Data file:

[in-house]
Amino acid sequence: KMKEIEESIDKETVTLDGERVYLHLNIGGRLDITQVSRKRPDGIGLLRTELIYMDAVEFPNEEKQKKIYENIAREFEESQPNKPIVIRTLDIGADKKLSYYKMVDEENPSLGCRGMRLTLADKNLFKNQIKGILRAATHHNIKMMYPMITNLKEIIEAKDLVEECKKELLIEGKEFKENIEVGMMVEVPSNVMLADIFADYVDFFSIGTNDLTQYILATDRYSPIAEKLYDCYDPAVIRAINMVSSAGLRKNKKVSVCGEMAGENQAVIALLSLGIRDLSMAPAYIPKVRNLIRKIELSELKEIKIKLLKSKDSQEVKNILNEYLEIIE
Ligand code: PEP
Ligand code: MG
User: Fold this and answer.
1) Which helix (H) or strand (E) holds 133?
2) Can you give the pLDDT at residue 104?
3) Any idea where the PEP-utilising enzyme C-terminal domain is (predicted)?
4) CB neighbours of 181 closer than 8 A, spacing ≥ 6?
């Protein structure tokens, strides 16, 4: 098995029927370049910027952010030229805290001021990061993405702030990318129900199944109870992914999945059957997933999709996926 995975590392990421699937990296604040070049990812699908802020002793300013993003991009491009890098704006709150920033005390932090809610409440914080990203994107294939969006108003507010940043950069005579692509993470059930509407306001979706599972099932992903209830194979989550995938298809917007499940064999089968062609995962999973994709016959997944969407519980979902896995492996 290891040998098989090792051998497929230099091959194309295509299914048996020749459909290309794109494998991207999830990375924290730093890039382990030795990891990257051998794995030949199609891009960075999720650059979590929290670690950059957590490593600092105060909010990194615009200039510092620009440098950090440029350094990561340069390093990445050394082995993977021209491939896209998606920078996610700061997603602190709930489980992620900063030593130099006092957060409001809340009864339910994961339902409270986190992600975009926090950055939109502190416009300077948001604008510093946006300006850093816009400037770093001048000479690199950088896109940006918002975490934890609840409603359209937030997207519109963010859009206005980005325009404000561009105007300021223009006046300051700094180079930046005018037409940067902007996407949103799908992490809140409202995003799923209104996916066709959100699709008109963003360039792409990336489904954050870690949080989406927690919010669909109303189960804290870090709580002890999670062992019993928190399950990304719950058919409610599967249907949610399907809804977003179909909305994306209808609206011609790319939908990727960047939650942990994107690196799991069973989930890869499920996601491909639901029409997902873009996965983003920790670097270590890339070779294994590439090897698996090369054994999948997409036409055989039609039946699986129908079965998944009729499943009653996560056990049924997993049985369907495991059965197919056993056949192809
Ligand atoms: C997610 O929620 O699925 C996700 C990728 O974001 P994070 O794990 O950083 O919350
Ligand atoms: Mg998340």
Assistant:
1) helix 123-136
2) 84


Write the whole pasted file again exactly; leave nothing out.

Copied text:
[in-house]
Amino acid sequence: KMKEIEESIDKETVTLDGERVYLHLNIGGRLDITQVSRKRPDGIGLLRTELIYMDAVEFPNEEKQKKIYENIAREFEESQPNKPIVIRTLDIGADKKLSYYKMVDEENPSLGCRGMRLTLADKNLFKNQIKGILRAATHHNIKMMYPMITNLKEIIEAKDLVEECKKELLIEGKEFKENIEVGMMVEVPSNVMLADIFADYVDFFSIGTNDLTQYILATDRYSPIAEKLYDCYDPAVIRAINMVSSAGLRKNKKVSVCGEMAGENQAVIALLSLGIRDLSMAPAYIPKVRNLIRKIELSELKEIKIKLLKSKDSQEVKNILNEYLEIIE
Ligand code: PEP
Ligand code: MG
User: Fold this and answer.
1) Which helix (H) or strand (E) holds 133?
2) Can you give the pLDDT at residue 104?
3) Any idea where the PEP-utilising enzyme C-terminal domain is (predicted)?
4) CB neighbours of 181 closer than 8 A, spacing ≥ 6?
């Protein structure tokens, strides 16, 4: 098995029927370049910027952010030229805290001021990061993405702030990318129900199944109870992914999945059957997933999709996926 995975590392990421699937990296604040070049990812699908802020002793300013993003991009491009890098704006709150920033005390932090809610409440914080990203994107294939969006108003507010940043950069005579692509993470059930509407306001979706599972099932992903209830194979989550995938298809917007499940064999089968062609995962999973994709016959997944969407519980979902896995492996 290891040998098989090792051998497929230099091959194309295509299914048996020749459909290309794109494998991207999830990375924290730093890039382990030795990891990257051998794995030949199609891009960075999720650059979590929290670690950059957590490593600092105060909010990194615009200039510092620009440098950090440029350094990561340069390093990445050394082995993977021209491939896209998606920078996610700061997603602190709930489980992620900063030593130099006092957060409001809340009864339910994961339902409270986190992600975009926090950055939109502190416009300077948001604008510093946006300006850093816009400037770093001048000479690199950088896109940006918002975490934890609840409603359209937030997207519109963010859009206005980005325009404000561009105007300021223009006046300051700094180079930046005018037409940067902007996407949103799908992490809140409202995003799923209104996916066709959100699709008109963003360039792409990336489904954050870690949080989406927690919010669909109303189960804290870090709580002890999670062992019993928190399950990304719950058919409610599967249907949610399907809804977003179909909305994306209808609206011609790319939908990727960047939650942990994107690196799991069973989930890869499920996601491909639901029409997902873009996965983003920790670097270590890339070779294994590439090897698996090369054994999948997409036409055989039609039946699986129908079965998944009729499943009653996560056990049924997993049985369907495991059965197919056993056949192809
Ligand atoms: C997610 O929620 O699925 C996700 C990728 O974001 P994070 O794990 O950083 O919350
Ligand atoms: Mg998340």
Assistant:
1) helix 123-136
2) 84